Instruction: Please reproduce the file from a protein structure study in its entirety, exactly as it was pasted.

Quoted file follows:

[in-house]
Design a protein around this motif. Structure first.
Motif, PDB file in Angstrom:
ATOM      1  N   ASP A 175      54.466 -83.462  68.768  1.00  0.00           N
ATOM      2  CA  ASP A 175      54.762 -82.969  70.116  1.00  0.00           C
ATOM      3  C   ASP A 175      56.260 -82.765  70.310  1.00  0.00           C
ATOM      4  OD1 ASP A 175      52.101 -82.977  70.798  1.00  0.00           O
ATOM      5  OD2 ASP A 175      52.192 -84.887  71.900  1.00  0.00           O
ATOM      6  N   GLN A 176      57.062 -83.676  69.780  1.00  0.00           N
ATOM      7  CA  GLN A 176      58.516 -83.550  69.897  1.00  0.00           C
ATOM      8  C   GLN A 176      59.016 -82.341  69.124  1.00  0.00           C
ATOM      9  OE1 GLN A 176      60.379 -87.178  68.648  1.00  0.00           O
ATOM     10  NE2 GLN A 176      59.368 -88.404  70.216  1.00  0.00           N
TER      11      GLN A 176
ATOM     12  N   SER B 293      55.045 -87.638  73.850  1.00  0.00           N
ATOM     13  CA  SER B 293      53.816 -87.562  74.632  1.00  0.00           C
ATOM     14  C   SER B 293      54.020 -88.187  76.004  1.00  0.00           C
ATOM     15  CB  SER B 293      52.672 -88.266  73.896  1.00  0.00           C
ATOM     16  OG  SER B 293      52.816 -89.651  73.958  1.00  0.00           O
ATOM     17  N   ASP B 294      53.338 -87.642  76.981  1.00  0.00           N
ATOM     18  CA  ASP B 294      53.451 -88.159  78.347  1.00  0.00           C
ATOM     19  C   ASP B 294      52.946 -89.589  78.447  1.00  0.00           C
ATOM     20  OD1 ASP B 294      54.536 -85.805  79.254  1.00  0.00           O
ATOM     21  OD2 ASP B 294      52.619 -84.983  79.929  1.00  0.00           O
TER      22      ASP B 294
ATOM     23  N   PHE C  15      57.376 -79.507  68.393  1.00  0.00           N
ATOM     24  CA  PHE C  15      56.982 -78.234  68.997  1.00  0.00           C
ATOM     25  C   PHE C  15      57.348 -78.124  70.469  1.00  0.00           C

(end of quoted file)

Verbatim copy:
[in-house]
Design a protein around this motif. Structure first.
Motif, PDB file in Angstrom:
ATOM      1  N   ASP A 175      54.466 -83.462  68.768  1.00  0.00           N
ATOM      2  CA  ASP A 175      54.762 -82.969  70.116  1.00  0.00           C
ATOM      3  C   ASP A 175      56.260 -82.765  70.310  1.00  0.00           C
ATOM      4  OD1 ASP A 175      52.101 -82.977  70.798  1.00  0.00           O
ATOM      5  OD2 ASP A 175      52.192 -84.887  71.900  1.00  0.00           O
ATOM      6  N   GLN A 176      57.062 -83.676  69.780  1.00  0.00           N
ATOM      7  CA  GLN A 176      58.516 -83.550  69.897  1.00  0.00           C
ATOM      8  C   GLN A 176      59.016 -82.341  69.124  1.00  0.00           C
ATOM      9  OE1 GLN A 176      60.379 -87.178  68.648  1.00  0.00           O
ATOM     10  NE2 GLN A 176      59.368 -88.404  70.216  1.00  0.00           N
TER      11      GLN A 176
ATOM     12  N   SER B 293      55.045 -87.638  73.850  1.00  0.00           N
ATOM     13  CA  SER B 293      53.816 -87.562  74.632  1.00  0.00           C
ATOM     14  C   SER B 293      54.020 -88.187  76.004  1.00  0.00           C
ATOM     15  CB  SER B 293      52.672 -88.266  73.896  1.00  0.00           C
ATOM     16  OG  SER B 293      52.816 -89.651  73.958  1.00  0.00           O
ATOM     17  N   ASP B 294      53.338 -87.642  76.981  1.00  0.00           N
ATOM     18  CA  ASP B 294      53.451 -88.159  78.347  1.00  0.00           C
ATOM     19  C   ASP B 294      52.946 -89.589  78.447  1.00  0.00           C
ATOM     20  OD1 ASP B 294      54.536 -85.805  79.254  1.00  0.00           O
ATOM     21  OD2 ASP B 294      52.619 -84.983  79.929  1.00  0.00           O
TER      22      ASP B 294
ATOM     23  N   PHE C  15      57.376 -79.507  68.393  1.00  0.00           N
ATOM     24  CA  PHE C  15      56.982 -78.234  68.997  1.00  0.00           C
ATOM     25  C   PHE C  15      57.348 -78.124  70.469  1.00  0.00           C